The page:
Shift Work Can Harm Your Health

Kristina Brooks | Sept 15, 2015

1 of 12
1 of 12

Always tired after your shift? Find that you’re dozing off on the job, or that it’s difficult to stay awake even on your day off? But shift work doesn’t just make your sleepy; it can cause other health problems. Here’s what to look for, and some tips to help you deal with it.

2 of 12

It can wreck your body's internal clock

When you work shifts, your body’s circadian rhythm gets off track. This is the process that controls when you awake and when you fall asleep. Though you may be on your way to work, if it’s dark outside your body might respond to the environmental cues - leaving you groggy, with low energy, and unable to be at your best on the job. (Image: Giphy)

3 of 12

Fix it tip #1

Light is one of the biggest cues for your body clock. Those working night shifts live their days in reverse of everyone else, so the key is to have surrounding light patterns reflect that. Only keep lights bright early into the shift, gradually dimming. If you work overnight, wear sunglasses on the way home and keep your home darkened as well. Lastly, try to head to sleep within an hour of leaving your shift. (Image: Giphy)

4 of 12

It makes you more prone to accidents

Often, a disrupted schedule will have your body fighting for sleep while you’re awake. But excessive sleepiness, foggy concentration and even nodding off while at work can cause accidents while driving, operating equipment, or struggling to concentrate on details. (Image: Giphy)

 

5 of 12

Fix it tip #2

It’s important that you don’t rack up too much sleep deficit, while making the most of the sleep you do get. Create an ideal two-week sleep schedule on a calendar. Then, match up your actual sleep habits by recording when and how you sleep within that same two weeks. This will show you what days and areas may need some work to get you on track to your goals. (Image: Giphy)

6 of 12

It can mess with your emotions

The frontal cortex is an area at the front of our brain that’s responsible for cognitive functions such as organization, prioritizing, and performing certain tasks. But it also helps keep our emotions in check. If not well rested, our cortex gets overworked. This leaves us irritable, overwhelmed, and less able to perform detailed tasks that test our patience. (Image: Giphy)

7 of 12

Fix it tip #3

Dreams at night desensitize us from the powerful emotional experiences of the day. But since dreams happen deep into REM cycles, shortened sleep leaves us with a short fuse. REM cycles are about 90 minutes long, so schedule enough time for four to six cycles a night, and set your alarm to wake up only at the end of a 90 minute segment. Also stick to the same amount of sleep every night, keeping with good sleep hygiene. (Image: Tumblr)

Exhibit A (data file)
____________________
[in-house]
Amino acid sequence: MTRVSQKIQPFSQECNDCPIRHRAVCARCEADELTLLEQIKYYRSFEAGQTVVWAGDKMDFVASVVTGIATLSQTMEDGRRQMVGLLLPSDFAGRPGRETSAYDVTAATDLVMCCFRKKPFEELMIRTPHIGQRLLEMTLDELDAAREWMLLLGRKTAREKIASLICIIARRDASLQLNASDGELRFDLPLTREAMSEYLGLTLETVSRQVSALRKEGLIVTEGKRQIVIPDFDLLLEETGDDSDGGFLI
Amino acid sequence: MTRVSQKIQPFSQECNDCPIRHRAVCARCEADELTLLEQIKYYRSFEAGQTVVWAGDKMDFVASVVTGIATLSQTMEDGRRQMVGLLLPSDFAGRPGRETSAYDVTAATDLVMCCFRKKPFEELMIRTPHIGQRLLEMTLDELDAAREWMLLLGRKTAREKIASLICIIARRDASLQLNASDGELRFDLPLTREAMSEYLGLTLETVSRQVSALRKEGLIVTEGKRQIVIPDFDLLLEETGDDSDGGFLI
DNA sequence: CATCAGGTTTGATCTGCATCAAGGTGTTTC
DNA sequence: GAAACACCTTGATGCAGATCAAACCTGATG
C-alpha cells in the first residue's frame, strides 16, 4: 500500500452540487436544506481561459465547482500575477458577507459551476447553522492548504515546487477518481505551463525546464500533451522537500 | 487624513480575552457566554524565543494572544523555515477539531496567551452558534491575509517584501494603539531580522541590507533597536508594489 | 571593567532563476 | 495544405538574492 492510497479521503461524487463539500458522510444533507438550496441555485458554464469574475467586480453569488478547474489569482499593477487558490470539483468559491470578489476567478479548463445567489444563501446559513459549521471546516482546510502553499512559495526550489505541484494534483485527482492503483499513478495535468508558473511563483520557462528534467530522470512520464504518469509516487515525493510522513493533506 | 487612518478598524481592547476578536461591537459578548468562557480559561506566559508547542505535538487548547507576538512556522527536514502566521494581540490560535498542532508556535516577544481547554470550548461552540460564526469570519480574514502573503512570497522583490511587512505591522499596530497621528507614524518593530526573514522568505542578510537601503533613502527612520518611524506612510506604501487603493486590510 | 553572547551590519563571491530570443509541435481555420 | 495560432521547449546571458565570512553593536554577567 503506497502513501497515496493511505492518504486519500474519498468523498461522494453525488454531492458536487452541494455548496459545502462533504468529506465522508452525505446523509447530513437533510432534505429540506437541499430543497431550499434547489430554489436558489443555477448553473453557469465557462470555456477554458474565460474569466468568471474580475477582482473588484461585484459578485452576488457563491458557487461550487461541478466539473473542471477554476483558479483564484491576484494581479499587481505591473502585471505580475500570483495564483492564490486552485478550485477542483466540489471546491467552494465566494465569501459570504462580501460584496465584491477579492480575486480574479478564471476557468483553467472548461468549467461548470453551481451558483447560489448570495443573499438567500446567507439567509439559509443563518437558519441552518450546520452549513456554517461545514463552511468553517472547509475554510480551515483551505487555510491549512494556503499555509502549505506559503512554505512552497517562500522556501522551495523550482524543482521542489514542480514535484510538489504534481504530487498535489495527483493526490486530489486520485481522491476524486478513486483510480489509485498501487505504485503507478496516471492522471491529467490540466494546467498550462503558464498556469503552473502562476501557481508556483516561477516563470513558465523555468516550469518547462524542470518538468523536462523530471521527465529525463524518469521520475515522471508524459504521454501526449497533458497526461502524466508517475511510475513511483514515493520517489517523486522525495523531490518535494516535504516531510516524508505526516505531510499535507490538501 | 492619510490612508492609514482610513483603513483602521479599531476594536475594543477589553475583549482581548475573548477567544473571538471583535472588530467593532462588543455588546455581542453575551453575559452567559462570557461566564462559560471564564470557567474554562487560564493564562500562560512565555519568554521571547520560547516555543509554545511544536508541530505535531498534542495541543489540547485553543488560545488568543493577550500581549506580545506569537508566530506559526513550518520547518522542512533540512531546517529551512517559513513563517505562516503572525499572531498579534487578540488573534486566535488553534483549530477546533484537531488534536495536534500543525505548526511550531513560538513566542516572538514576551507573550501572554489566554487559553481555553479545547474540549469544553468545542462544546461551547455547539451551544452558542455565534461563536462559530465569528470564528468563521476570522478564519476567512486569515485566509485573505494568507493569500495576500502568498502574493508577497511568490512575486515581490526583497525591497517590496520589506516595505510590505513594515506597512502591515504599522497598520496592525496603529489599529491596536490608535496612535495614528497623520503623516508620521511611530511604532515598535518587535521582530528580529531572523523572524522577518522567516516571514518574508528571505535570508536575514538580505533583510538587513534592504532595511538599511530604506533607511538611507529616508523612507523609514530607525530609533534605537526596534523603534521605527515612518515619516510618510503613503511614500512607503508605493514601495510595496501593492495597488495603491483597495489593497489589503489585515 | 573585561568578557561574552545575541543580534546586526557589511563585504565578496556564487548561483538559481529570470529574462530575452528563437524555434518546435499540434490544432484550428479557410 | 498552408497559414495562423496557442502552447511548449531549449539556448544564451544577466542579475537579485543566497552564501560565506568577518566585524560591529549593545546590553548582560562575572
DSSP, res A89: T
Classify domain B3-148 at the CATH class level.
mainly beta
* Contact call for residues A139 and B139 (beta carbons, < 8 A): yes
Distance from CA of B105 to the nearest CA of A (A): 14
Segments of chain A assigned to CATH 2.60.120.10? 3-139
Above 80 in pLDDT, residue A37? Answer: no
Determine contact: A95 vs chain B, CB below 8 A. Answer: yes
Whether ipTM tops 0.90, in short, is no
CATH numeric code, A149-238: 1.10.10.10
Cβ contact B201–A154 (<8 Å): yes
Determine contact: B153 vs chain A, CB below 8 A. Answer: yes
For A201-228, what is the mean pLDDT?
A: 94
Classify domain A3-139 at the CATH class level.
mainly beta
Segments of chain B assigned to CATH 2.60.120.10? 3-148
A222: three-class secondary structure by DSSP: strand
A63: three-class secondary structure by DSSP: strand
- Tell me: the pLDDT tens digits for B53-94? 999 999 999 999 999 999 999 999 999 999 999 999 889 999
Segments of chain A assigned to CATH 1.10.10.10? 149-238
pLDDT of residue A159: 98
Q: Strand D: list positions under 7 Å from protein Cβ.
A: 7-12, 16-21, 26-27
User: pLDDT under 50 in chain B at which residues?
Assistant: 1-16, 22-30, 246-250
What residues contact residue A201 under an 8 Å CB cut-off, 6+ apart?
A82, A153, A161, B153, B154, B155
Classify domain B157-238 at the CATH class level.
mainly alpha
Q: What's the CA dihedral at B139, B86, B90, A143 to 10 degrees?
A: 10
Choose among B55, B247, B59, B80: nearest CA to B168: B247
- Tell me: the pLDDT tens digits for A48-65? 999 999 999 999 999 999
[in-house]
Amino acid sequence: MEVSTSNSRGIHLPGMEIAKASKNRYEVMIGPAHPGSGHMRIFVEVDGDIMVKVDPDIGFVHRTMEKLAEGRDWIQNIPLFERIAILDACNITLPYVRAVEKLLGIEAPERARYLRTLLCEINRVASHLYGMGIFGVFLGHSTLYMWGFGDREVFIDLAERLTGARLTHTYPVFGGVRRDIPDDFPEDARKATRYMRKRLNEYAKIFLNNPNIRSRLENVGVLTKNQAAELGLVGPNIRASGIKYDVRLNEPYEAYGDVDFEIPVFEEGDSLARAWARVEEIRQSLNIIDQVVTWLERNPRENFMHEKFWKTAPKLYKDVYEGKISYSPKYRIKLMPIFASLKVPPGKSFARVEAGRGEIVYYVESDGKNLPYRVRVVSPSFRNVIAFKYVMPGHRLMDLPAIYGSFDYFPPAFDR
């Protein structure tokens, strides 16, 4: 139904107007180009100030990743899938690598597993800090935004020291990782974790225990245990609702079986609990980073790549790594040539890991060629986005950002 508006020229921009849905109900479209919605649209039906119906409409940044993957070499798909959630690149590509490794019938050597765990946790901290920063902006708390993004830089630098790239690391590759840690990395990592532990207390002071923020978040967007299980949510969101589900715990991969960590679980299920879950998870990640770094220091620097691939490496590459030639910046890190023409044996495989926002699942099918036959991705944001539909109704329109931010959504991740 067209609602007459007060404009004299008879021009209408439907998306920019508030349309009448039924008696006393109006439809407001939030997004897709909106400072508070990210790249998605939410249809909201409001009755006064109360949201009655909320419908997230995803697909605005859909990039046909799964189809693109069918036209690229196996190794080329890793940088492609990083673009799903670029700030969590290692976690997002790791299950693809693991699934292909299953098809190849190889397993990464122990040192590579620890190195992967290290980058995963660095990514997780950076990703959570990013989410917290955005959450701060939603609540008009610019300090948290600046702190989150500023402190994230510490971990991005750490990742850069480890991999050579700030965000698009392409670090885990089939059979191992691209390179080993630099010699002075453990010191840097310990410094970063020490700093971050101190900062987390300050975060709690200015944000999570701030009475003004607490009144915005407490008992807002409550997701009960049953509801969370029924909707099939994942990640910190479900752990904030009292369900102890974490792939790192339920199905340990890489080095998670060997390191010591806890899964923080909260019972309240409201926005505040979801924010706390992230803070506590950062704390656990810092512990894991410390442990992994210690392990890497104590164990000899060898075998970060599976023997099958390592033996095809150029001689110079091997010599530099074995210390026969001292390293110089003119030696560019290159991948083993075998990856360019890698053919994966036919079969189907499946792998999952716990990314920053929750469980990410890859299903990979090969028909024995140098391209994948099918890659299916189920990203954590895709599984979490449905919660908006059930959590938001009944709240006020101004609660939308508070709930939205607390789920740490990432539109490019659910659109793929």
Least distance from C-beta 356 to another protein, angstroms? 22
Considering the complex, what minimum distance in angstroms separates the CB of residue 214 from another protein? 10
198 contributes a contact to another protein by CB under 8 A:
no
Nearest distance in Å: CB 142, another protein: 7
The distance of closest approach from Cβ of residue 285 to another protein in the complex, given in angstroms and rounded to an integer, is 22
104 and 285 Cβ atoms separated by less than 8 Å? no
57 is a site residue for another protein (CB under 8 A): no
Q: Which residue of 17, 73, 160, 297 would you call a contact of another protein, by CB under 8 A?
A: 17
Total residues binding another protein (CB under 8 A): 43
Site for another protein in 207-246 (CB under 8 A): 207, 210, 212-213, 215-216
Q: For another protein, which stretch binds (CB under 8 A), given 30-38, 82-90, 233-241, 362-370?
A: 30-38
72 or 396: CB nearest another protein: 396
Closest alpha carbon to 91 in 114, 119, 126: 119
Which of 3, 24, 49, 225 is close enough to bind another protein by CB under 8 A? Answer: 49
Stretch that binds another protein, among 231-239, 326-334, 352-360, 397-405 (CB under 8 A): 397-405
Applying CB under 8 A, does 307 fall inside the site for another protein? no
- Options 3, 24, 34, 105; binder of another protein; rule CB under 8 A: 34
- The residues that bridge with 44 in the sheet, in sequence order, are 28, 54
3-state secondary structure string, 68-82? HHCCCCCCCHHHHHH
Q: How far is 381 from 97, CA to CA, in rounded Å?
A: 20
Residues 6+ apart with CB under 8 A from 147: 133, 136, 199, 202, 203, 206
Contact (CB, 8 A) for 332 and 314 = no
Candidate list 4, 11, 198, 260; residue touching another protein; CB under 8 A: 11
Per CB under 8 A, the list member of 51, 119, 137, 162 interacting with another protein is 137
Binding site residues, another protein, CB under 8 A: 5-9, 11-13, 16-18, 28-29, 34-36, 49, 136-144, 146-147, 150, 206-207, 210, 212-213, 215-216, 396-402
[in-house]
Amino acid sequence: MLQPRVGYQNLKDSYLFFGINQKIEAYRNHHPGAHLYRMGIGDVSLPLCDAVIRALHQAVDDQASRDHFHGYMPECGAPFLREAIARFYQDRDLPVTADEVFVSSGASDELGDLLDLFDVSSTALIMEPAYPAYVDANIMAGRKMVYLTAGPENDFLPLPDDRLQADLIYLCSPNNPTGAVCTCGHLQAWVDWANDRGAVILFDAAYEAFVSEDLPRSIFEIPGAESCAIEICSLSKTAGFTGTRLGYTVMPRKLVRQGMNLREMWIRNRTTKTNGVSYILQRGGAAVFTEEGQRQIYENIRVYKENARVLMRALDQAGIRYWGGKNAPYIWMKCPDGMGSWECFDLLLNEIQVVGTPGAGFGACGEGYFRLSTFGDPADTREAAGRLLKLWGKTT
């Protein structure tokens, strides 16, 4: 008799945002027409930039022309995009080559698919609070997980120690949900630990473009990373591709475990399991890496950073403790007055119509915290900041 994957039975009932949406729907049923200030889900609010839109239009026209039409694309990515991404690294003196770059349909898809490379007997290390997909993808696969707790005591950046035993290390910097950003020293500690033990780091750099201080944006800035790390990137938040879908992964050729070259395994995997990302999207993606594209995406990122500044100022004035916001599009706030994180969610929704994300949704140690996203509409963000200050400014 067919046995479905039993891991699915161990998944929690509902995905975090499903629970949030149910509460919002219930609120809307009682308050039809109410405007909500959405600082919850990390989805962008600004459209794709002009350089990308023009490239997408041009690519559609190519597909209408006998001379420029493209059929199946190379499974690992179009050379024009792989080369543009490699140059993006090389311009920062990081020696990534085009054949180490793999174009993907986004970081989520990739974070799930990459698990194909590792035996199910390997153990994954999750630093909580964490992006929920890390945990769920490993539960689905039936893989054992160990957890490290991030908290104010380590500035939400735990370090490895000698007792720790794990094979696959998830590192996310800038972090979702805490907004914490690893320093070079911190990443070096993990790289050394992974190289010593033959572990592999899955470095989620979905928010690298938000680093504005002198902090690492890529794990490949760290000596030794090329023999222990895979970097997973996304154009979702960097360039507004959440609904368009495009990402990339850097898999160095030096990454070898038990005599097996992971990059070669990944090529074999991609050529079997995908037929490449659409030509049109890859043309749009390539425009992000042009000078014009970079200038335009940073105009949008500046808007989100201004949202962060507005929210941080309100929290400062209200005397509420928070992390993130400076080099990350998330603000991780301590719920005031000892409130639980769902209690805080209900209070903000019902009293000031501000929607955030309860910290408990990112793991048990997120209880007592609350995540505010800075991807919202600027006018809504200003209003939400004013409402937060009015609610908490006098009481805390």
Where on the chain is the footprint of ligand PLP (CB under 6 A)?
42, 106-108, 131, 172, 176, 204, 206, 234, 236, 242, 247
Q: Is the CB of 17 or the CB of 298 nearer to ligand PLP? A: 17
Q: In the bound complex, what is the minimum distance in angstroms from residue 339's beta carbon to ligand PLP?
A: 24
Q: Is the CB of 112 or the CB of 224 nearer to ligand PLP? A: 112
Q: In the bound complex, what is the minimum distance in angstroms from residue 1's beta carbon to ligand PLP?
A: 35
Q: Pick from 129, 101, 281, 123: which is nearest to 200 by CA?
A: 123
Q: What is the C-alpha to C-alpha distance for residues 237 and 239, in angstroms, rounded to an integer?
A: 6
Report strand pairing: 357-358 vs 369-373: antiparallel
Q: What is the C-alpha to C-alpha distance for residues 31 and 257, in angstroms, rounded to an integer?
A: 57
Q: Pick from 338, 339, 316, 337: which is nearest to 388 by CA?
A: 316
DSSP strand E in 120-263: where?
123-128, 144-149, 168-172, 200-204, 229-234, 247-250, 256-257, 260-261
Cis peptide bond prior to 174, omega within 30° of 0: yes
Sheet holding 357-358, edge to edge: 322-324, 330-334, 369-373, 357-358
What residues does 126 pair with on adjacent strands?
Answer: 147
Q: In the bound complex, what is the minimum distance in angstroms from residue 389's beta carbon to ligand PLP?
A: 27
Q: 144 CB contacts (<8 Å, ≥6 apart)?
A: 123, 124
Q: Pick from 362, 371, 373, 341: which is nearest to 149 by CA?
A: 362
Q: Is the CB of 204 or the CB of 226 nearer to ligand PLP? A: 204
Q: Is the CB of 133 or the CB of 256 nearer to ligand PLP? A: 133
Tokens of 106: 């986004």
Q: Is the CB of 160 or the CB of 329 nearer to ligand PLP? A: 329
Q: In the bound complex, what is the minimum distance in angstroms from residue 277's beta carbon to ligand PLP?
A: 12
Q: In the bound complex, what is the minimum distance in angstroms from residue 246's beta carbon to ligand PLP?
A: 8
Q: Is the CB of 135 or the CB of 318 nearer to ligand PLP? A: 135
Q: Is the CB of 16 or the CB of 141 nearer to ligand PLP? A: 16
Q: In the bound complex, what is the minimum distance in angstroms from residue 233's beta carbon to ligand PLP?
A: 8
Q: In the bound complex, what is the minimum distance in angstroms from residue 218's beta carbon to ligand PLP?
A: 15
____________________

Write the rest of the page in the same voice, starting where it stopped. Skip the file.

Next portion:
8 of 12

Hormone production can get out of whack

This might not seem like a big deal, but it certainly is when you consider norepinephrine, orexin and ghrelin. When imbalanced, norepinephrine can lead to impulsiveness and agitation. Orexin not only regulates wakefulness, but appetite, mood, and works with ghrelin in reward-seeking. An imbalance won’t just leave you grumpy, but may have you reaching for that second or third snack, leading to unwanted weight gain. Yikes. (Image: Wordpress)

9 of 12

Fix it tip #4

On days off, or even in upon waking up prior to your shift, be sure to get some exercise. Exercise helps us blow off steam, stimulate orexin, and release endorphines to keep us feeling uplifted. Also, if you feel yourself having a craving or feeling down, give orexin a boost with natural green tea. (Image: Giphy)

10 of 12

It can drain your immune system

Growth hormones that are regulated within the body also are responsible for cell repair and building immune defenses in adults. Sadly, those who sleep less or have disrupted sleep patterns have less quality time to build up defenses, and are left with weaker immune systems, making them more vulnerable to an illness or trauma. (Image: Giphy)

11 of 12

Fix it tip #5

You’re no good for anyone, even yourself, when you’re sick. Follow a healthy diet to keep yourself balanced nutritionally, particularly when you may be lacking in sleep. Taking a regular multivitamin, as well as boosting your vitamin C levels, may also help keep your body defenses strong and give your immune system a boost. To find out what vitamins and supplements are right for you, consult your doctor. (Image: Giphy)